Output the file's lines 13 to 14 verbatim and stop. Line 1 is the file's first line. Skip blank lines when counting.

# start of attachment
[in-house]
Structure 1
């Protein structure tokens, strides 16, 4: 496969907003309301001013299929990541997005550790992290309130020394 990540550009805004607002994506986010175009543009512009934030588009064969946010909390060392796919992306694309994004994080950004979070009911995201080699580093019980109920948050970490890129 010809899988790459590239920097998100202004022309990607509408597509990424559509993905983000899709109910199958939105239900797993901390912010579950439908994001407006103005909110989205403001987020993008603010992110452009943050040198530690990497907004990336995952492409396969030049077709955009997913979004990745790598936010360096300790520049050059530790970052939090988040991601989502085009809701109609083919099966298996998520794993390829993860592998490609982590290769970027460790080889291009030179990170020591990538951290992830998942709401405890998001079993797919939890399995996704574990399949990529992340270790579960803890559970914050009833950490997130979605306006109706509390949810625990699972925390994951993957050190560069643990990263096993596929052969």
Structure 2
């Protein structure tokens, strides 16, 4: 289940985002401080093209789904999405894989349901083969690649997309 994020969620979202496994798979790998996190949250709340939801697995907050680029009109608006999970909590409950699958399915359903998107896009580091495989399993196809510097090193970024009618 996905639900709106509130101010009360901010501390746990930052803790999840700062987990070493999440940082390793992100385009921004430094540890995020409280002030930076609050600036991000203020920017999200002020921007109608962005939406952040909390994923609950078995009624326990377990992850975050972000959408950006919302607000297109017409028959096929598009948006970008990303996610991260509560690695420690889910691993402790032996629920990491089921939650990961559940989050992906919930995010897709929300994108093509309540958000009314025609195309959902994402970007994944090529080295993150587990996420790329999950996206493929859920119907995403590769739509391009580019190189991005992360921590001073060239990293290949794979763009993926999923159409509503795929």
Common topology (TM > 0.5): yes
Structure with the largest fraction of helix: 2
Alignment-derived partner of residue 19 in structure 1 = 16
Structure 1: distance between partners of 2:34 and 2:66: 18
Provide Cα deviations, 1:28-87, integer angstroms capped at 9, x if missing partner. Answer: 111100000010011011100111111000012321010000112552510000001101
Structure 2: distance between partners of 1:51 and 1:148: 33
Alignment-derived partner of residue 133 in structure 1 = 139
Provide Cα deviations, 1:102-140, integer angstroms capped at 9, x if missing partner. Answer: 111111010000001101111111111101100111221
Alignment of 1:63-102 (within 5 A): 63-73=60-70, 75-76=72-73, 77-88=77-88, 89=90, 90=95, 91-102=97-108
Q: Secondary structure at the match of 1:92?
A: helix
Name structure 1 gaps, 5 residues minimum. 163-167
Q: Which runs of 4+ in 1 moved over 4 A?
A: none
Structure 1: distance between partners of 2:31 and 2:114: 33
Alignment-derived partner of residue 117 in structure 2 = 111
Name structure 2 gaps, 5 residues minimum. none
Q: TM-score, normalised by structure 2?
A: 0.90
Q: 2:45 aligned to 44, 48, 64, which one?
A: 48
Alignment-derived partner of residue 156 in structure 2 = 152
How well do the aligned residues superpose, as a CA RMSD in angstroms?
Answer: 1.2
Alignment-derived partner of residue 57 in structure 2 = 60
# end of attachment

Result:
Provide Cα deviations, 1:102-140, integer angstroms capped at 9, x if missing partner. Answer: 111111010000001101111111111101100111221
Alignment of 1:63-102 (within 5 A): 63-73=60-70, 75-76=72-73, 77-88=77-88, 89=90, 90=95, 91-102=97-108